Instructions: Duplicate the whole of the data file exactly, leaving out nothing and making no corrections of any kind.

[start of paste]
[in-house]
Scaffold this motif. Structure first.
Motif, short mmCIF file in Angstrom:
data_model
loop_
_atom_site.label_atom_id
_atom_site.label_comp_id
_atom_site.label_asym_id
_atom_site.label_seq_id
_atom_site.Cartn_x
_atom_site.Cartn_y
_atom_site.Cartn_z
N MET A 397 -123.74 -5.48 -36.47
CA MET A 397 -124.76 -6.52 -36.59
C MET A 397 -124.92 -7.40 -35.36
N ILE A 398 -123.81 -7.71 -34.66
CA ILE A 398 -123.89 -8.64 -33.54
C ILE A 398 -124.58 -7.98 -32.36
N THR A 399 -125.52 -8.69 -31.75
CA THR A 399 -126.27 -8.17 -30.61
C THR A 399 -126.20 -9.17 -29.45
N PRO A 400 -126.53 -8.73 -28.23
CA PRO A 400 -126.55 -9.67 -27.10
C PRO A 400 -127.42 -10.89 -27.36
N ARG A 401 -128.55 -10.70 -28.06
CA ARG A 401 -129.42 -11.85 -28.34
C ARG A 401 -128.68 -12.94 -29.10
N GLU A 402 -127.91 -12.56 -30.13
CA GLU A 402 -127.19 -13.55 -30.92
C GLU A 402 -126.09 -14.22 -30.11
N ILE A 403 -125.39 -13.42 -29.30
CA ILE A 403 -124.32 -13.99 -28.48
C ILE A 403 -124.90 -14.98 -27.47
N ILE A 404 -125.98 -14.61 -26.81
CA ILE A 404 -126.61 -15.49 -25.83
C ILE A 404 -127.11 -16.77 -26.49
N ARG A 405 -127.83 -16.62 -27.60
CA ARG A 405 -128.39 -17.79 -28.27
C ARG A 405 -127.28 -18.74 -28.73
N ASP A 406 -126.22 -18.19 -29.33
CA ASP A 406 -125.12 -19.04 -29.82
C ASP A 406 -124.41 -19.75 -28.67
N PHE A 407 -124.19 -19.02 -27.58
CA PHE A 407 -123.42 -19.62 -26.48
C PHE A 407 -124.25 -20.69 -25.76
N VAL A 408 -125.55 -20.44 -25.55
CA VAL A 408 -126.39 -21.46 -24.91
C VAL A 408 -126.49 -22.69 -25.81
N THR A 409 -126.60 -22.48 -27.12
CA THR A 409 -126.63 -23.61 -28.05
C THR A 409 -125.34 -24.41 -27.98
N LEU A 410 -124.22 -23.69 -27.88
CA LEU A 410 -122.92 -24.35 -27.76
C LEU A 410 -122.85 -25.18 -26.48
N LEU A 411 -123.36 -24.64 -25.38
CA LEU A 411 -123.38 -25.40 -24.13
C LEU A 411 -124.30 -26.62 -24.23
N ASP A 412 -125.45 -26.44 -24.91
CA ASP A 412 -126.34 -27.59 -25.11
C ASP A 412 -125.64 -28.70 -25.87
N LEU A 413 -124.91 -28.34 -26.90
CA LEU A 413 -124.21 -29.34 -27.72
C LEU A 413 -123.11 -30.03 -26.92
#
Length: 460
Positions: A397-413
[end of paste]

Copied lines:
[in-house]
Scaffold this motif. Structure first.
Motif, short mmCIF file in Angstrom:
data_model
loop_
_atom_site.label_atom_id
_atom_site.label_comp_id
_atom_site.label_asym_id
_atom_site.label_seq_id
_atom_site.Cartn_x
_atom_site.Cartn_y
_atom_site.Cartn_z
N MET A 397 -123.74 -5.48 -36.47
CA MET A 397 -124.76 -6.52 -36.59
C MET A 397 -124.92 -7.40 -35.36
N ILE A 398 -123.81 -7.71 -34.66
CA ILE A 398 -123.89 -8.64 -33.54
C ILE A 398 -124.58 -7.98 -32.36
N THR A 399 -125.52 -8.69 -31.75
CA THR A 399 -126.27 -8.17 -30.61
C THR A 399 -126.20 -9.17 -29.45
N PRO A 400 -126.53 -8.73 -28.23
CA PRO A 400 -126.55 -9.67 -27.10
C PRO A 400 -127.42 -10.89 -27.36
N ARG A 401 -128.55 -10.70 -28.06
CA ARG A 401 -129.42 -11.85 -28.34
C ARG A 401 -128.68 -12.94 -29.10
N GLU A 402 -127.91 -12.56 -30.13
CA GLU A 402 -127.19 -13.55 -30.92
C GLU A 402 -126.09 -14.22 -30.11
N ILE A 403 -125.39 -13.42 -29.30
CA ILE A 403 -124.32 -13.99 -28.48
C ILE A 403 -124.90 -14.98 -27.47
N ILE A 404 -125.98 -14.61 -26.81
CA ILE A 404 -126.61 -15.49 -25.83
C ILE A 404 -127.11 -16.77 -26.49
N ARG A 405 -127.83 -16.62 -27.60
CA ARG A 405 -128.39 -17.79 -28.27
C ARG A 405 -127.28 -18.74 -28.73
N ASP A 406 -126.22 -18.19 -29.33
CA ASP A 406 -125.12 -19.04 -29.82
C ASP A 406 -124.41 -19.75 -28.67
N PHE A 407 -124.19 -19.02 -27.58
CA PHE A 407 -123.42 -19.62 -26.48
C PHE A 407 -124.25 -20.69 -25.76
N VAL A 408 -125.55 -20.44 -25.55
CA VAL A 408 -126.39 -21.46 -24.91
C VAL A 408 -126.49 -22.69 -25.81
N THR A 409 -126.60 -22.48 -27.12
CA THR A 409 -126.63 -23.61 -28.05
C THR A 409 -125.34 -24.41 -27.98
N LEU A 410 -124.22 -23.69 -27.88
CA LEU A 410 -122.92 -24.35 -27.76
C LEU A 410 -122.85 -25.18 -26.48
N LEU A 411 -123.36 -24.64 -25.38
CA LEU A 411 -123.38 -25.40 -24.13
C LEU A 411 -124.30 -26.62 -24.23
N ASP A 412 -125.45 -26.44 -24.91
CA ASP A 412 -126.34 -27.59 -25.11
C ASP A 412 -125.64 -28.70 -25.87
N LEU A 413 -124.91 -28.34 -26.90
CA LEU A 413 -124.21 -29.34 -27.72
C LEU A 413 -123.11 -30.03 -26.92
#
Length: 460
Positions: A397-413